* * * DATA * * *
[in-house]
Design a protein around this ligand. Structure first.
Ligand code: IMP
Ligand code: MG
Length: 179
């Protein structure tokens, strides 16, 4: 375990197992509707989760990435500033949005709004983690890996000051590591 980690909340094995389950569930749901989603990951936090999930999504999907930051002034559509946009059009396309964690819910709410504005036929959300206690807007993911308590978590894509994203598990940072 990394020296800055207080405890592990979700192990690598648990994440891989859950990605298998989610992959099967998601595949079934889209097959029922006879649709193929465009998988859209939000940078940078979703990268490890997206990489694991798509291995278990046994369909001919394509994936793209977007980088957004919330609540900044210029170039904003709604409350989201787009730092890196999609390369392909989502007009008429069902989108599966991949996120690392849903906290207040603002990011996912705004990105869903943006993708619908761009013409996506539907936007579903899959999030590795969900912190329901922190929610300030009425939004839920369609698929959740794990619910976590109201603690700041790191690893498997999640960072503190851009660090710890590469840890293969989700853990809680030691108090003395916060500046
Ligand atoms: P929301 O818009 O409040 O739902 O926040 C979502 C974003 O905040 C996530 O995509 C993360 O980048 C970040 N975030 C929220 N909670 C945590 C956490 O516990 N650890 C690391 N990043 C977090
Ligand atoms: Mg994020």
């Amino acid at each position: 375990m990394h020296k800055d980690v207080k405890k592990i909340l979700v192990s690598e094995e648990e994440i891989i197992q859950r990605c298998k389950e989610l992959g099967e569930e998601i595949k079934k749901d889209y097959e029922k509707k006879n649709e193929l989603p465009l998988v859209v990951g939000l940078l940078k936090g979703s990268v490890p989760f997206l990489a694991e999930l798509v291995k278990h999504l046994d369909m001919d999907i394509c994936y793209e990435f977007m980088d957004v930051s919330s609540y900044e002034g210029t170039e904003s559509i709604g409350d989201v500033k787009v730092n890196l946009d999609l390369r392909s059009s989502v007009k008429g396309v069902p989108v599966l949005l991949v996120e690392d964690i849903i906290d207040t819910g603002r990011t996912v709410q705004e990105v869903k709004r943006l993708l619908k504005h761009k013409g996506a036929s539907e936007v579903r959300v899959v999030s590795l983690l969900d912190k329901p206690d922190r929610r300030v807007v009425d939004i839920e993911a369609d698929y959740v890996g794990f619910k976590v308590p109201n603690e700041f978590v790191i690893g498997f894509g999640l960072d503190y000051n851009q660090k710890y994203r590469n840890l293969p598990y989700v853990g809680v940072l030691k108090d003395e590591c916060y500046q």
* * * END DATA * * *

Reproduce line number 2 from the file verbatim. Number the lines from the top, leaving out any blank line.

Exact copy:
Design a protein around this ligand. Structure first.